College of Science, Technology, and Health

Data Science Ensemble: Our adventure with AI methods in orthopedics: lessons learned with Hilal Maradit Kremers

October 7, 2021
4:00 PM to 5:00 PM
Online
Free
Internal technology specs

Dr. Hilal Maradit Kremers will give the fourth talk in The USM Data Science Ensemble, a seminar series focused on the intersection of data science and real-world applications. We invite you to join us for this in-depth look at a practical application of data science in the real world, by joining this moderated Zoom link

In Dr. Kremers' talk, "Our adventure with AI methods in orthopedics: lessons learned," she will explore orthopedic surgical procedures, and in particular, total joint arthroplasty (TJA) of the hip and knee joints. They are the most common and the fastest-growing surgeries in the US, however, the evidence for TJA practice and technologies is based on imperfect and incomplete data. The lack of high-quality phenotypic data is a critical barrier to progress in improving TJA outcomes. TJA-specific phenotypic data remain embedded in the unstructured text of the EHR and/or serial TJA radiographs. Over the past few years, we’ve established an interdisciplinary team, and have been developing several natural language processing (NLP) and deep learning computer vision algorithms to better phenotype TJA patients. Dr. Kremers will give examples from these projects and outline how the team learned to work together and be productive in developing clinically applicable AI tools in orthopedics.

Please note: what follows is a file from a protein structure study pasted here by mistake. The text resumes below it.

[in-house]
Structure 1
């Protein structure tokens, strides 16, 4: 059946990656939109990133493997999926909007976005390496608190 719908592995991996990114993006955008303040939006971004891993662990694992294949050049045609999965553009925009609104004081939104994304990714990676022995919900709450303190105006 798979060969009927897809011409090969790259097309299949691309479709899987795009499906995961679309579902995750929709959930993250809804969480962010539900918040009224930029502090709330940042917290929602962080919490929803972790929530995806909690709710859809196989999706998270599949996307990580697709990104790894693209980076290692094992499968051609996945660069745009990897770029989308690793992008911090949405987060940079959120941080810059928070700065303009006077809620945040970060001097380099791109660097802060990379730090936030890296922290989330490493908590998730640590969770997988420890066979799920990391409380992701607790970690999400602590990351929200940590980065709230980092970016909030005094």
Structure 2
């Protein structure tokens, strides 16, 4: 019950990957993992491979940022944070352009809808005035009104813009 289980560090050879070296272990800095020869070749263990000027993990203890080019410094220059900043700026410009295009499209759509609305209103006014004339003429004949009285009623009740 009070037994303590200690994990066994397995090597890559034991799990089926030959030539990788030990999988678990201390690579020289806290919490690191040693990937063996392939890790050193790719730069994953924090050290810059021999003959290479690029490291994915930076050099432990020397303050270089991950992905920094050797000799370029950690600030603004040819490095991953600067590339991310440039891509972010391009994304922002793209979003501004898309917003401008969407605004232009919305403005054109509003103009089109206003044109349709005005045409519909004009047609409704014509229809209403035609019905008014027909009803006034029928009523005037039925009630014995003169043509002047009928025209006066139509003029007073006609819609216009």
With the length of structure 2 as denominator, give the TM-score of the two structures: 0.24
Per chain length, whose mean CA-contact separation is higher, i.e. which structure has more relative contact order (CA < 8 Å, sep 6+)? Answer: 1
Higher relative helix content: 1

Dr. Hilal Maradit Kremers is an established musculoskeletal epidemiologist focused primarily on orthopedics research. She is the methodology core director for the NIH- funded core center for clinical research in total joint arthroplasty (American Joint Replacement Research Collaborative - AJRR-C), and her team provides methodological expertise and access to large data resources and expertise to facilitate innovative, methodologically rigorous, and interdisciplinary clinical research in orthopedics. Her ongoing NIH-funded research program examines the risk and predictors of neurotoxicity and cardiotoxicity in arthroplasty patients. She collaborates with an interdisciplinary team of investigators for the development of artificial intelligence (AI) applications in orthopedics research and practice. In her talk, she will present some of the projects performed at Mayo Clinic and her experiences while working with a large team of surgeons, data scientists, informaticians, and statisticians.

Contact Information

Sharon Watterson